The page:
We talk a lot about the art of board games, and of the various creative aspects that have to come together to make them work as a whole. However, one question I find myself asking a lot is if board games themselves should be considered art.
Throughout history, new forms of art have always been questioned and rejected by the establishment. What is and is not art has been a debate that has raged on for centuries, and the one thing that is proven time and time again, is that art establishes its own rules and then breaks them.
Whenever you look to make a definition of this nature, it’s good to establish your terms so that you know everyone is on the same page. Art is generally defined as the expression or application of human creativity. By that simple and loose phrasing, I certainly believe board games fit the mould.
However, some people require creative efforts to have a message of some kind behind them before they can truly be considered art. With that in mind, the classification of board games becomes a little trickier.
Over the years, many board games have been designed with a message to share with the players. Famously, Monopoly was originally called The Landlord’s Game. Developed in the early 20th century by Elizabeth Magie, The Landlord’s Game was intended to teach of the dangers of land grabbing, and how a rent-based system would always enrich the landlord and impoverish the tenants.
Many other games that have been published have a core lesson to teach, whether it’s about the horrors of war, how economic systems work, the necessity of cooperation and trade, or just simple things like waiting for your turn, or learning how to experience loss. All of these are valuable for people to experience, but does that make them art?
To approach this idea from a different angle, we can consider other media forms that are sometimes on the fence between art and simple creative outputs. Movies are a huge business and a favourite form of entertainment around the world. Certainly, many of the movies that have been made over time are considered art, but it’s a hard stretch to call every film ever produced a work of art (no offense to Paul Blart: Mall Cop 2).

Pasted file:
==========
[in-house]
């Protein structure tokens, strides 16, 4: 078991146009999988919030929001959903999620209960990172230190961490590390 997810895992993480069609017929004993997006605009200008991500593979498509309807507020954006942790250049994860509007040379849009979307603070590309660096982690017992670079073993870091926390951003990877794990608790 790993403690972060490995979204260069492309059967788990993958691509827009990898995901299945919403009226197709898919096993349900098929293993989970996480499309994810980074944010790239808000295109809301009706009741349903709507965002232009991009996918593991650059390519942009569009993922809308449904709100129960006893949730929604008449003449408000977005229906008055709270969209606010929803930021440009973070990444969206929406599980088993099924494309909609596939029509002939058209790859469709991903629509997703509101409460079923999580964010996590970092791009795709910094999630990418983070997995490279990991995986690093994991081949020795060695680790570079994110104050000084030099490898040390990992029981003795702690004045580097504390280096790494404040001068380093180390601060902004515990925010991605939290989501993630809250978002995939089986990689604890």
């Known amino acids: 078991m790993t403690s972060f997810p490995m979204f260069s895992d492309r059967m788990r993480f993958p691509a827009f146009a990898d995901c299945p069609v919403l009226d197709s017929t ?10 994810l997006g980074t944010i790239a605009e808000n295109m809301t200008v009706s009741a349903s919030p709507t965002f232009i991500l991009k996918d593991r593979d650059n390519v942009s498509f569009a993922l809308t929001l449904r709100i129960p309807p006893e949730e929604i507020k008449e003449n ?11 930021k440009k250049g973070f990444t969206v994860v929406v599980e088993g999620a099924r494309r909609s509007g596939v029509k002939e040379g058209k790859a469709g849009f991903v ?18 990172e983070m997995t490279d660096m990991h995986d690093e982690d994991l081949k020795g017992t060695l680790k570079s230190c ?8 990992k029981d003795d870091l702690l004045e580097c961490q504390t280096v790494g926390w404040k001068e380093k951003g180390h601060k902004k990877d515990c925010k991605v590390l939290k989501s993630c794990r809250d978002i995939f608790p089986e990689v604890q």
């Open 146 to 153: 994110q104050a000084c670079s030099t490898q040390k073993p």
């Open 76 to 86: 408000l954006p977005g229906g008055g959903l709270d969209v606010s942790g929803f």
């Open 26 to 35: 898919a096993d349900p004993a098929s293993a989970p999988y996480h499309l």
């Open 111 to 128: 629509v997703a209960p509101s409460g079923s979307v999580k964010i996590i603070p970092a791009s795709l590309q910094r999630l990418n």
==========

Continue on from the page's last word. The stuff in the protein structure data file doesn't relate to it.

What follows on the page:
When we look at it through this lens, it seems clear that while some movies are considered art, not all of them are. Sure, they still represent a creative output, and one may argue that they all have some message or point of view (their narrative nature pretty much demands it), but those elements on their own are not enough to define something as a work of art.
One thing that separates games from a lot of the things we’d consider art is the way we experience them. A beautiful film, an engaging painting, and even a song that gets stuck in our head, no matter how much these artistic works affect us, our interaction with them is largely passive. In a much more tangible way, board games are meant to be interacted with. In this way, they have a lot in common with video games.
If you’ve played video games recently, you know the level of depth, storytelling, and beauty that they can possess. Still, to this day, there are critics who refuse to give them their due. When the Modern Museum of Art (MoMA) held an exhibit of 14 video games, one critic took aim, stating that because of the interactivity of the medium, no artist could claim an authorial vision. Essentially, because, each person to experience the game will take a different path, there is no single piece of art.
I can’t agree with this sentiment at all. While, like movies, not all video games are “works of art”, I do think, as a whole, they can be considered art. Many of them play out like interactive movies, where the person experiencing them slowly discovers information and works their way through the mysteries the designers put in place for them. It is this interactivity that, arguably, makes the game art.
This brings us back to board games. Modern tabletop games are all about the human interactions they create. One of the major reasons for the resurgence in the hobby is the lack of real human contact we get in our digital world. Being able to pick up pieces, roll dice, and collect coins are all the sort of analog joys that are missing from our modern world. Yes, every time we experience a game it will be different. It is guaranteed to be, due to all the variable elements involved. I think that the interactions the game produces are the art of a board game.
The elements of a board game (art, components, rules, etc.) are not the essence of that game. It takes human interaction to animate those elements and turn a game in what it’s actually designed to be. Certainly, while the elements of the game are artistic, I think the real art is the experience they produce, the interaction of the players, the tough decisions you make in the heat of the game, the drama of a lucky dice roll, and the stories you tell about the game afterwards.
Just like movies, video games, books, and paintings, not every board game is a work of art (and honestly, not every game is trying to be). The designers, artists, playtesters, and publishers all lend their creative input to create a whole. From that whole, we get to not only witness art, we get to experience art.
There may still be people that need to be convinced that board games are art, but just like early impressionists had to fight to be recognized, board games will get their due.
This article originally appeared as a CMON Feature Friday piece.